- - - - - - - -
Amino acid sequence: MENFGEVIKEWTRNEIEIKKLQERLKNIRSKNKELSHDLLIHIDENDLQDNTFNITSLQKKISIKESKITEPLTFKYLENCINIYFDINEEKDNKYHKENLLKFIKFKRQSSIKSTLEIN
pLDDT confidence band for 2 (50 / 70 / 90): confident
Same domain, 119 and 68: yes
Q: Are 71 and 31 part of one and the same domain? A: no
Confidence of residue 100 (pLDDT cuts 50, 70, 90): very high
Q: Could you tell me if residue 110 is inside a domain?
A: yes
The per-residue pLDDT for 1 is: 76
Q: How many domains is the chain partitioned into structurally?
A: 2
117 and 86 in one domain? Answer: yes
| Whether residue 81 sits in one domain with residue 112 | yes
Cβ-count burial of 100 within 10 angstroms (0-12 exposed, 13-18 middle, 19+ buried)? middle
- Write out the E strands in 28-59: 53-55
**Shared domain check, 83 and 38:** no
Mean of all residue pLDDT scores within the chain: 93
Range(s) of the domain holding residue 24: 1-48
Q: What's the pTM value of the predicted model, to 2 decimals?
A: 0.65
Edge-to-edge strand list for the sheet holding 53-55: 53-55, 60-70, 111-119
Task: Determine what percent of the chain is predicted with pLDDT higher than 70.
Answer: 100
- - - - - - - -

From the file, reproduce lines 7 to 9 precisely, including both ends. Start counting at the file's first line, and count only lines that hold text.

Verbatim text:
A: yes
The per-residue pLDDT for 1 is: 76
Q: How many domains is the chain partitioned into structurally?